In 2002, the lobby did not endorse his run for governor, despite his Meet the Press claim to the contrary.
From the center of what would be the lobby, you could look up, straight up nine flights, to a vaulted glass ceiling.
They occupied the building's lobby, determined to make their way to the offices of IDB Holdings.
Several Democratic campaigns also disclosed bundling by political action committees affiliated with ideological groups that lobby.
The media mogul has used cold cash to sway politicians and lobby regulators.
As he passed through the lobby to reach the house, Bellingham placed a pistol to his breast and fired.
It was like—why, it was like selling eggs in the lobby of the Hotel International!
Freddy was checking out in the lobby when Tjan dropped her off at 5AM.
And Mr. Lavender found himself, with Mr. Crackamup, in the lobby.
"I can't help you any more," observed Belton to me, as we sat in the lobby of the Coates House where he was putting up.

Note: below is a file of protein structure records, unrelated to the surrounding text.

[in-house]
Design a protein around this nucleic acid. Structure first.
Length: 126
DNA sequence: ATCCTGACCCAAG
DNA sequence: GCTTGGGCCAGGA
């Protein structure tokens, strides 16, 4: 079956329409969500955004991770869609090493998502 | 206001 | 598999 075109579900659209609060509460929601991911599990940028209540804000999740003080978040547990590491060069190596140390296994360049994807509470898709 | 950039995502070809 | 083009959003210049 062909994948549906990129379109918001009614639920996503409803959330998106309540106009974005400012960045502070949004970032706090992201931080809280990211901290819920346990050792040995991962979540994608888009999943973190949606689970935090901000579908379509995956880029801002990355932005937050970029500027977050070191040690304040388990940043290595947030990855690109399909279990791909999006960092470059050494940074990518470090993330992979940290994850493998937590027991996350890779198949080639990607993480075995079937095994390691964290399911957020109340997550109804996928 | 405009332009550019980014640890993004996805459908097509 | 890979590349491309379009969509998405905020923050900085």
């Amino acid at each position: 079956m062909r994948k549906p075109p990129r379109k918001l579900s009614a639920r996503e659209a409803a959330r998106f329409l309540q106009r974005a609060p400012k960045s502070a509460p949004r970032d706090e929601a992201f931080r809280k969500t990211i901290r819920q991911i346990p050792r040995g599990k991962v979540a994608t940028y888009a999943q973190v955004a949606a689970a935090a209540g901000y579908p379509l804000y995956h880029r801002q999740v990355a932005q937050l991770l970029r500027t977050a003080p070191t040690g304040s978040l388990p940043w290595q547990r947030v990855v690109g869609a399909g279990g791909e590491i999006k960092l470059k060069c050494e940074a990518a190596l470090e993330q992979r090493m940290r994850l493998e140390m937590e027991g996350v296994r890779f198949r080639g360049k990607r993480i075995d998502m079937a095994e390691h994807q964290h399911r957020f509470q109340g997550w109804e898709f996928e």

1530s, "cloister, covered walk," from Medieval Latin laubia, lobia "covered walk in a monastery," from a Germanic source (cf. Old High German louba "hall, roof;" see lodge (n.)). Meaning "large entrance hall in a public building" is from 1590s. Political sense of "those who seek to influence legislation" is attested by 1790s in American English, in reference to the custom of influence-seekers gathering in large entrance-halls outside legislative chambers.
"seek to influence legislation," 1826, American English, from lobby (n.). Related: Lobbied; lobbying.
A group whose members share certain goals and work to bring about the passage, modification, or defeat of laws that affect these goals. Lobbies (also called interest groups or pressure groups) can be long-standing (such as minority groups struggling to have their civil rights guaranteed) or ad hoc (such as a community threatened by proposed construction of a nuclear power plant). Lobbies may use grassroots methods, such as local rallies and campaigns, to build support for their cause and often employ professional lobbyists, who testify before congressional committees and approach policymakers in all government branches. Powerful lobbies, such as the AFL-CIO and the American Legion, with millions of members, have succeeded in establishing influence in Washington, D.C.